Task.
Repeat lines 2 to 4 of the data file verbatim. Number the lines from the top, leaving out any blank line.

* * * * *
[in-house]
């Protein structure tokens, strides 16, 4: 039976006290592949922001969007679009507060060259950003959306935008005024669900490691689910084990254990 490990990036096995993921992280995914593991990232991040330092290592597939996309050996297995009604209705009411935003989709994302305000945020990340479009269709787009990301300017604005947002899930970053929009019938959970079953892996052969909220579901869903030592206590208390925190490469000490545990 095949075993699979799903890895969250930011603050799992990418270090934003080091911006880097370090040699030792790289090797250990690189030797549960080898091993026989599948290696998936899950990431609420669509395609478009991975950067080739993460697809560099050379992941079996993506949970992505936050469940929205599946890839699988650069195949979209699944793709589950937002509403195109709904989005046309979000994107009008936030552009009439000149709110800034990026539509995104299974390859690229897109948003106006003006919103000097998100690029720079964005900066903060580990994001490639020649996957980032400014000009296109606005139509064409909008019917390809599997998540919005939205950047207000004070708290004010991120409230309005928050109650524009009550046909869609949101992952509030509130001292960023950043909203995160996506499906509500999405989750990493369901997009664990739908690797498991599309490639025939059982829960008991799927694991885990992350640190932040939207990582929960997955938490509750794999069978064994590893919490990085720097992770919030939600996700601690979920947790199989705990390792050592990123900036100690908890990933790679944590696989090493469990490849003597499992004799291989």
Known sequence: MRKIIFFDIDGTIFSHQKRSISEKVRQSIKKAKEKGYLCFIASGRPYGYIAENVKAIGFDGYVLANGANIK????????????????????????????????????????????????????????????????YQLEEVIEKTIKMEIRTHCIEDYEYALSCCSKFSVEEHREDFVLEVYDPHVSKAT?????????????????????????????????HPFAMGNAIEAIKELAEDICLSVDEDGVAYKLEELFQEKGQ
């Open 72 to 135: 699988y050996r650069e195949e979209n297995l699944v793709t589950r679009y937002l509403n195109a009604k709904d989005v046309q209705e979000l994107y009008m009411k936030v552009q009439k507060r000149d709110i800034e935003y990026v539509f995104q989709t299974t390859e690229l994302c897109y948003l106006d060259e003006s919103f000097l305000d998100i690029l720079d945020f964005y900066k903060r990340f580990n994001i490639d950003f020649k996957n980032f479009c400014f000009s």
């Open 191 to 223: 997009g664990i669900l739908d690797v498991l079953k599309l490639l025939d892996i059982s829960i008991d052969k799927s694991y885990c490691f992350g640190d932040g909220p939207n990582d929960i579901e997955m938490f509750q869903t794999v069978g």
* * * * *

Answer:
């Protein structure tokens, strides 16, 4: 039976006290592949922001969007679009507060060259950003959306935008005024669900490691689910084990254990 490990990036096995993921992280995914593991990232991040330092290592597939996309050996297995009604209705009411935003989709994302305000945020990340479009269709787009990301300017604005947002899930970053929009019938959970079953892996052969909220579901869903030592206590208390925190490469000490545990 095949075993699979799903890895969250930011603050799992990418270090934003080091911006880097370090040699030792790289090797250990690189030797549960080898091993026989599948290696998936899950990431609420669509395609478009991975950067080739993460697809560099050379992941079996993506949970992505936050469940929205599946890839699988650069195949979209699944793709589950937002509403195109709904989005046309979000994107009008936030552009009439000149709110800034990026539509995104299974390859690229897109948003106006003006919103000097998100690029720079964005900066903060580990994001490639020649996957980032400014000009296109606005139509064409909008019917390809599997998540919005939205950047207000004070708290004010991120409230309005928050109650524009009550046909869609949101992952509030509130001292960023950043909203995160996506499906509500999405989750990493369901997009664990739908690797498991599309490639025939059982829960008991799927694991885990992350640190932040939207990582929960997955938490509750794999069978064994590893919490990085720097992770919030939600996700601690979920947790199989705990390792050592990123900036100690908890990933790679944590696989090493469990490849003597499992004799291989």
Known sequence: MRKIIFFDIDGTIFSHQKRSISEKVRQSIKKAKEKGYLCFIASGRPYGYIAENVKAIGFDGYVLANGANIK????????????????????????????????????????????????????????????????YQLEEVIEKTIKMEIRTHCIEDYEYALSCCSKFSVEEHREDFVLEVYDPHVSKAT?????????????????????????????????HPFAMGNAIEAIKELAEDICLSVDEDGVAYKLEELFQEKGQ
């Open 72 to 135: 699988y050996r650069e195949e979209n297995l699944v793709t589950r679009y937002l509403n195109a009604k709904d989005v046309q209705e979000l994107y009008m009411k936030v552009q009439k507060r000149d709110i800034e935003y990026v539509f995104q989709t299974t390859e690229l994302c897109y948003l106006d060259e003006s919103f000097l305000d998100i690029l720079d945020f964005y900066k903060r990340f580990n994001i490639d950003f020649k996957n980032f479009c400014f000009s």